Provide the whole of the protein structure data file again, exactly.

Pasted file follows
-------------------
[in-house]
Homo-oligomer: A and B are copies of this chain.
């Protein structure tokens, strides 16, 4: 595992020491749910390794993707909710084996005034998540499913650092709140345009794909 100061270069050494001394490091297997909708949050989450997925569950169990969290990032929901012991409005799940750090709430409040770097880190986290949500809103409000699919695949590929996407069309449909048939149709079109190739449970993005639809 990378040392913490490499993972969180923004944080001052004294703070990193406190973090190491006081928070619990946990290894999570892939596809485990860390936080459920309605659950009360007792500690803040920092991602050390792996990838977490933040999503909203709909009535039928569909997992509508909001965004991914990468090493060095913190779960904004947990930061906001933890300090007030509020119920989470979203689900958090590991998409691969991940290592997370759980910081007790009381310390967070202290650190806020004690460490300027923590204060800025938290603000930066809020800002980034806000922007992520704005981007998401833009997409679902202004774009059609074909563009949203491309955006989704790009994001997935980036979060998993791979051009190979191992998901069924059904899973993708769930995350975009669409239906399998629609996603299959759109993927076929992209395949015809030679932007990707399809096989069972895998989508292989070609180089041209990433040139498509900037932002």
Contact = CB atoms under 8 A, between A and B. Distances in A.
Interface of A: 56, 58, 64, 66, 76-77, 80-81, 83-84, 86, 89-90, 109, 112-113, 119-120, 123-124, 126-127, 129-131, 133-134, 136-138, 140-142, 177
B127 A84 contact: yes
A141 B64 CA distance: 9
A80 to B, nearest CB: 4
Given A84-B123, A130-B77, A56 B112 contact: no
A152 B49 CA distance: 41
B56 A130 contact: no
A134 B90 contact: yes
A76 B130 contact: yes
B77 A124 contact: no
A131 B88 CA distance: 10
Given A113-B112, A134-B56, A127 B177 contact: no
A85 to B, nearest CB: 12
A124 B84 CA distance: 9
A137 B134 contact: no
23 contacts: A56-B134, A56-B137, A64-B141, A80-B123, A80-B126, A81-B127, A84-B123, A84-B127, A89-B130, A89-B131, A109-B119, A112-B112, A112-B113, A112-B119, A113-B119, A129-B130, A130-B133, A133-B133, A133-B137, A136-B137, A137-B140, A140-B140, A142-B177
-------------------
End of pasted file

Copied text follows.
[in-house]
Homo-oligomer: A and B are copies of this chain.
């Protein structure tokens, strides 16, 4: 595992020491749910390794993707909710084996005034998540499913650092709140345009794909 100061270069050494001394490091297997909708949050989450997925569950169990969290990032929901012991409005799940750090709430409040770097880190986290949500809103409000699919695949590929996407069309449909048939149709079109190739449970993005639809 990378040392913490490499993972969180923004944080001052004294703070990193406190973090190491006081928070619990946990290894999570892939596809485990860390936080459920309605659950009360007792500690803040920092991602050390792996990838977490933040999503909203709909009535039928569909997992509508909001965004991914990468090493060095913190779960904004947990930061906001933890300090007030509020119920989470979203689900958090590991998409691969991940290592997370759980910081007790009381310390967070202290650190806020004690460490300027923590204060800025938290603000930066809020800002980034806000922007992520704005981007998401833009997409679902202004774009059609074909563009949203491309955006989704790009994001997935980036979060998993791979051009190979191992998901069924059904899973993708769930995350975009669409239906399998629609996603299959759109993927076929992209395949015809030679932007990707399809096989069972895998989508292989070609180089041209990433040139498509900037932002």
Contact = CB atoms under 8 A, between A and B. Distances in A.
Interface of A: 56, 58, 64, 66, 76-77, 80-81, 83-84, 86, 89-90, 109, 112-113, 119-120, 123-124, 126-127, 129-131, 133-134, 136-138, 140-142, 177
B127 A84 contact: yes
A141 B64 CA distance: 9
A80 to B, nearest CB: 4
Given A84-B123, A130-B77, A56 B112 contact: no
A152 B49 CA distance: 41
B56 A130 contact: no
A134 B90 contact: yes
A76 B130 contact: yes
B77 A124 contact: no
A131 B88 CA distance: 10
Given A113-B112, A134-B56, A127 B177 contact: no
A85 to B, nearest CB: 12
A124 B84 CA distance: 9
A137 B134 contact: no
23 contacts: A56-B134, A56-B137, A64-B141, A80-B123, A80-B126, A81-B127, A84-B123, A84-B127, A89-B130, A89-B131, A109-B119, A112-B112, A112-B113, A112-B119, A113-B119, A129-B130, A130-B133, A133-B133, A133-B137, A136-B137, A137-B140, A140-B140, A142-B177